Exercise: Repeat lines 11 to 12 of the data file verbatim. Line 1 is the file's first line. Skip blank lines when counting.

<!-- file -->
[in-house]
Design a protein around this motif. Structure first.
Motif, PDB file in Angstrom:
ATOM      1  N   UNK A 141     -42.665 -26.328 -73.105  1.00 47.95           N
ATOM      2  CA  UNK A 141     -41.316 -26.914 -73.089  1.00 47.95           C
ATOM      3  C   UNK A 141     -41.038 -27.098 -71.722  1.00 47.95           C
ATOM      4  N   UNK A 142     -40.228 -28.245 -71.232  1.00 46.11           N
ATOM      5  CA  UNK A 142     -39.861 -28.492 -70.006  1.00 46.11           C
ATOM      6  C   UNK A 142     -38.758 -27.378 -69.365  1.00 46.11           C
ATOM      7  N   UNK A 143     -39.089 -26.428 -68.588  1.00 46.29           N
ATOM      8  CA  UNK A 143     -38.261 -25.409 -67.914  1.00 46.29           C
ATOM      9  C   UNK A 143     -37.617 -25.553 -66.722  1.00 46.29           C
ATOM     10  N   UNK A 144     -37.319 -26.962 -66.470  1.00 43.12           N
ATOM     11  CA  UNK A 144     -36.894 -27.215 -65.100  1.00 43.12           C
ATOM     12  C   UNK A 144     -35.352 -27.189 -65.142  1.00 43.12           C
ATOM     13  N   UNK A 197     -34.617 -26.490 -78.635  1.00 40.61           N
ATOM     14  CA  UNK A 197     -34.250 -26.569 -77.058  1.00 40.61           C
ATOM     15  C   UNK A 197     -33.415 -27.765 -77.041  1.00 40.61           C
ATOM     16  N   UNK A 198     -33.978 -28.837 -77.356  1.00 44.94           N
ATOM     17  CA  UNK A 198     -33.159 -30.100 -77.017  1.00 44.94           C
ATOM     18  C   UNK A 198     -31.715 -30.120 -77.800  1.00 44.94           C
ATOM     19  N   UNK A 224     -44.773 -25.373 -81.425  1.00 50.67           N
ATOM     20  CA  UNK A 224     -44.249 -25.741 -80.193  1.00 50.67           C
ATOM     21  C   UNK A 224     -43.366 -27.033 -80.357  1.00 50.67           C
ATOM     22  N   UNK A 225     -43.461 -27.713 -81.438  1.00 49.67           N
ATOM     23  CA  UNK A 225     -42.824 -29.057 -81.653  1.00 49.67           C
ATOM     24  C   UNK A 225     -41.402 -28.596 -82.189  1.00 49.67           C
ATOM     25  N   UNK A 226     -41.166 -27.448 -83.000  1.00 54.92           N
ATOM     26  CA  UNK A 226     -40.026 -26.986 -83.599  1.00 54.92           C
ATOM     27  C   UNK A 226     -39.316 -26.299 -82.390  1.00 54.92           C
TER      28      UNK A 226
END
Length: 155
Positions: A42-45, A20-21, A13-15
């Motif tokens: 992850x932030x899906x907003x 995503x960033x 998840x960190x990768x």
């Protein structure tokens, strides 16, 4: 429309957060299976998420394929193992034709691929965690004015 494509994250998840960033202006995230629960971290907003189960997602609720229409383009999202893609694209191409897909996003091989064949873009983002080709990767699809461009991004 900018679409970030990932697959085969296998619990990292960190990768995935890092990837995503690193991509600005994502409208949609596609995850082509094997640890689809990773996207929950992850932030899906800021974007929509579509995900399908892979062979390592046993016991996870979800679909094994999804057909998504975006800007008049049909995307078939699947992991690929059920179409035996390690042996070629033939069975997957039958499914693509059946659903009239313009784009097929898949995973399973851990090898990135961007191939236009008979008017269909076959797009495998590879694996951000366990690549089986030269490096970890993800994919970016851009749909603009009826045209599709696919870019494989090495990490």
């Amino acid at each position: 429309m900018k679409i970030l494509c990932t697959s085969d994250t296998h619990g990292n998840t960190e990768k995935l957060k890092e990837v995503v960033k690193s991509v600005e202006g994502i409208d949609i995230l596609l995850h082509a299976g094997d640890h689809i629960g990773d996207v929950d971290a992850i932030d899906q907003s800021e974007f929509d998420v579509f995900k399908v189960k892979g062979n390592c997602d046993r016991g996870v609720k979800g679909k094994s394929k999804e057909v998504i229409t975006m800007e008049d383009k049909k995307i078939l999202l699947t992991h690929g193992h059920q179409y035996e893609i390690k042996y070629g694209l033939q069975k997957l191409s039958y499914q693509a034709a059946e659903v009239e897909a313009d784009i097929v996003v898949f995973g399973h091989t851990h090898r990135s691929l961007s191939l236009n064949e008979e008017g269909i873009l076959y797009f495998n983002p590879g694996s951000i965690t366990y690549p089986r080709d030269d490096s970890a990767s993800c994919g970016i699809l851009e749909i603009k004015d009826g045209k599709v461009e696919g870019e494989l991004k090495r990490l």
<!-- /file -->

ATOM      8  CA  UNK A 143     -38.261 -25.409 -67.914  1.00 46.29           C
ATOM      9  C   UNK A 143     -37.617 -25.553 -66.722  1.00 46.29           C